During the query process, there exists one potential privacy leakage issue. Specifically, If a hacker acting as a user asks for recommended friends, he will receive several users’ information and know that their information is similar to that of him. In this way, he can acquire users’ private information.
To solve this problem, we use users’ locations as a special attribute  and divide other attributes into groups to reduce the probability of privacy attack from the malicious hackers. With location attributes, the server only recommends friends who are near to users. Grouping attributes make the user be able to only decrypt part of attributes of recommended friends. These methods enable users’ privacy to be protected, not only when people want to look for friends, but also when they are recommended friends.
In detail, we separate the area into small equally sized grids whose vertex’s longitude and latitude are both integers and transform user’s coordinate into the nearest grid vertex. (The reason that the longitude and latitude of a grid’s vertex are required to be integers is that it is easy for homomorphic encryption to deal with integers.) Now we introduce the following definition of location.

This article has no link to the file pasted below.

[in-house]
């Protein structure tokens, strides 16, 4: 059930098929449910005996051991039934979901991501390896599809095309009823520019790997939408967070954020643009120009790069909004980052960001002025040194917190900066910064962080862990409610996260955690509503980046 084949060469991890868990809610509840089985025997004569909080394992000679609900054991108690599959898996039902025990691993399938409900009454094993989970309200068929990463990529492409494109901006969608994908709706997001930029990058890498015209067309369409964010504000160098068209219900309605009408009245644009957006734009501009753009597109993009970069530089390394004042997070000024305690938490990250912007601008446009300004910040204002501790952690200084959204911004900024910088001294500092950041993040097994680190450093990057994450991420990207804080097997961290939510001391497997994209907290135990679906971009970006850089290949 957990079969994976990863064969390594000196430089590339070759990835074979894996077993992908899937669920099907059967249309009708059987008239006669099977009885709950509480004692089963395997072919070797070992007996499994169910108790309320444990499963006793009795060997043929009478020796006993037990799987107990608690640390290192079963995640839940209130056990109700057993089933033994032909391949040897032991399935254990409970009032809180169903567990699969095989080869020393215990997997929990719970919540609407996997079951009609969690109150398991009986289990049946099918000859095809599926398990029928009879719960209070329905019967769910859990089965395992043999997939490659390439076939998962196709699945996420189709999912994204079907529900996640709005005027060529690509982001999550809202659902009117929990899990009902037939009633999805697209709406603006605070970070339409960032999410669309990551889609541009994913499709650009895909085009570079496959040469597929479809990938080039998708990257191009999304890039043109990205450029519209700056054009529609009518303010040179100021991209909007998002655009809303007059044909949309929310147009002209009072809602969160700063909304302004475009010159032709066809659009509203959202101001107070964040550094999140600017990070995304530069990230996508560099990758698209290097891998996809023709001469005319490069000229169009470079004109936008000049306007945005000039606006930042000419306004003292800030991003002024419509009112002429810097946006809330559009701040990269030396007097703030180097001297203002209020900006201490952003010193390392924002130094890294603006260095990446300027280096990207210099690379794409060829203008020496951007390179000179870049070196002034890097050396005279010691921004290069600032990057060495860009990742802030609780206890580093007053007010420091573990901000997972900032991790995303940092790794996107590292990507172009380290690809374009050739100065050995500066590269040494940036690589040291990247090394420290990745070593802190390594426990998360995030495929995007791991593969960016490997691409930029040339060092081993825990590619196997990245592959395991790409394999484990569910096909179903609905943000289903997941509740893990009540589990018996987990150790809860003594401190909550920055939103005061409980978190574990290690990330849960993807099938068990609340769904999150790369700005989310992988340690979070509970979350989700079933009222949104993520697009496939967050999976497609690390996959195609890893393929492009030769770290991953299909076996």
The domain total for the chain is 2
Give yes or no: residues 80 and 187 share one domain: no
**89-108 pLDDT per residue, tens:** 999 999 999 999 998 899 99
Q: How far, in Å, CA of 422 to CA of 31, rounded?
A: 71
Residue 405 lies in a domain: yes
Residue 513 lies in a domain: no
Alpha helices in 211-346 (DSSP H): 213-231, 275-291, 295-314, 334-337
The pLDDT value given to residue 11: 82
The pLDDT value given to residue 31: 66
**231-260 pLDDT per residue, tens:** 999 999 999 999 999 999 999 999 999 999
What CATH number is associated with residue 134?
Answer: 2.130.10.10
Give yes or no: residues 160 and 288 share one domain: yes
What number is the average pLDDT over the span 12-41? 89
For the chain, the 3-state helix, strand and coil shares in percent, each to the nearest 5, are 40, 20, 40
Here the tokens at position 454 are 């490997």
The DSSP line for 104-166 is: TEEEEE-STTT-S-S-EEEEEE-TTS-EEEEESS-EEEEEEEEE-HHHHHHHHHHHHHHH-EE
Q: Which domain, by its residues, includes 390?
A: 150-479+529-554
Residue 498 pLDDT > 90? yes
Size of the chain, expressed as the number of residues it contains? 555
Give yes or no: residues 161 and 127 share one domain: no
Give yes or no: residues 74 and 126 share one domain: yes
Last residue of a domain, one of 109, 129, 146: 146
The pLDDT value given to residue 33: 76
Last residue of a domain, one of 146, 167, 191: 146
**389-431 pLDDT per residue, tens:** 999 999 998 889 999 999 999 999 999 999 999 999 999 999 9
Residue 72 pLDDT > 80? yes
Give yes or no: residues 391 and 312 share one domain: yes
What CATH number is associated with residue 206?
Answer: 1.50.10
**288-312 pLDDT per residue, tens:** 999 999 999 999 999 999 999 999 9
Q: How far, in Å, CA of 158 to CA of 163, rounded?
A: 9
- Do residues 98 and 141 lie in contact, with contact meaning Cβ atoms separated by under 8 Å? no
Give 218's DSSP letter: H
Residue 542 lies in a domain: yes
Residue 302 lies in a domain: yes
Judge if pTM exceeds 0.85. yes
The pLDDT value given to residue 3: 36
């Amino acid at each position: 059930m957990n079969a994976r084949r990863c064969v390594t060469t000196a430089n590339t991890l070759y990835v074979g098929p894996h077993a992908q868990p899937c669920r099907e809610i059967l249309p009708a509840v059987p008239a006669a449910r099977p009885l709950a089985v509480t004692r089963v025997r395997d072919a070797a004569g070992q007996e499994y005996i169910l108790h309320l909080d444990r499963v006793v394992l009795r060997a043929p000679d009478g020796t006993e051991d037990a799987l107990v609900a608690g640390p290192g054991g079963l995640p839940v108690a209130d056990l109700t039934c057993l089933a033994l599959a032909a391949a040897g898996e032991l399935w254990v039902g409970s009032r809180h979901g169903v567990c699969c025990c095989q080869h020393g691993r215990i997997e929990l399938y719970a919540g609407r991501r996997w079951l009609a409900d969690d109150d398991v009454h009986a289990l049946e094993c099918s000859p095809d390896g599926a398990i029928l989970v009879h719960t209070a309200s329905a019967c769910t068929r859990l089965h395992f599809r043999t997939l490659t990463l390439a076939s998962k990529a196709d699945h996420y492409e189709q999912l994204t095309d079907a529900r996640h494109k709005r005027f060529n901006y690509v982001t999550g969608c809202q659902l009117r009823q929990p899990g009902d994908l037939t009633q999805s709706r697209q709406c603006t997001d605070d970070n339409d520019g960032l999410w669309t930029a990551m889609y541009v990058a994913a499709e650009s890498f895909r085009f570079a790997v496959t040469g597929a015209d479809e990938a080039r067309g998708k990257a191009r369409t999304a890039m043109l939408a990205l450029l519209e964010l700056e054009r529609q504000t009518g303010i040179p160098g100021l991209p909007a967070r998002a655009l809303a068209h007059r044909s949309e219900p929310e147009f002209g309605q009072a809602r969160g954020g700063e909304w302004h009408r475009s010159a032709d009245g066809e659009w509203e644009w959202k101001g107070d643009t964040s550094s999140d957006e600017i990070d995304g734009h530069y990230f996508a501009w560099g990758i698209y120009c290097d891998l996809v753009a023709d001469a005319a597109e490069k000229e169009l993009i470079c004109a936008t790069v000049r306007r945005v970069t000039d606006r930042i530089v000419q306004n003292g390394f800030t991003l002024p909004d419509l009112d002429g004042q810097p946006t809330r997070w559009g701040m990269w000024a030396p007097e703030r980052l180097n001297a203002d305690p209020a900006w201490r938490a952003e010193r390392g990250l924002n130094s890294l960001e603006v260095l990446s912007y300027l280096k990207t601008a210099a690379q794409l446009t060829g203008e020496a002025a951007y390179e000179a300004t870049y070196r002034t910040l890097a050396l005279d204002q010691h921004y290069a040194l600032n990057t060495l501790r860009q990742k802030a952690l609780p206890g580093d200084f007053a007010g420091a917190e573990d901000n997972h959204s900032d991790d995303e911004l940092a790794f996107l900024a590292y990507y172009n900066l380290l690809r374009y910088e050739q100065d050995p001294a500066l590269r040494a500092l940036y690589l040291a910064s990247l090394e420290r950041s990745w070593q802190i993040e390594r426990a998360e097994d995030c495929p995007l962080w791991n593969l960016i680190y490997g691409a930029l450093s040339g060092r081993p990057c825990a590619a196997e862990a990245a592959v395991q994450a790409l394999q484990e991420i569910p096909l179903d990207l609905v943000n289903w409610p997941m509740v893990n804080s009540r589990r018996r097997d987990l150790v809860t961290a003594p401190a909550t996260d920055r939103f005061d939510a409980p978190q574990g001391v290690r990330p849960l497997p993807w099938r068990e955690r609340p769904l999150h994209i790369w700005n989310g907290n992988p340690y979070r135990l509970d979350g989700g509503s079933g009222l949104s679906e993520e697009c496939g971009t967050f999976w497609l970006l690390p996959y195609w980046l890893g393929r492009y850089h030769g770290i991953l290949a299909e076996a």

Definition 1 (a user’s coordination). a user’s coordination is that of a grid’s vertex which is the nearest to the user’s current location.
Definition 2 (district). The focal user’s coordination is the center of the district which is a square whose length of the side is given. The length of the side of the district is an integral multiple of that of the grid.
In order to reduce the probability of information leakage, the proposed framework only recommends people whose district overlaps that of the user. This requires that the user who sends query should attach his location to the attributes.
For the sake of increasing the security of privacy further, we separate the attributes into several groups. Therefore, when recommending friends to the user, the attributes of two users do not need to be exactly the same, but only part of them. This approach makes sure that when users are recommended, only part of the information of the user will be known. This reduces the probability of leakage of user’s privacy to a certain extent.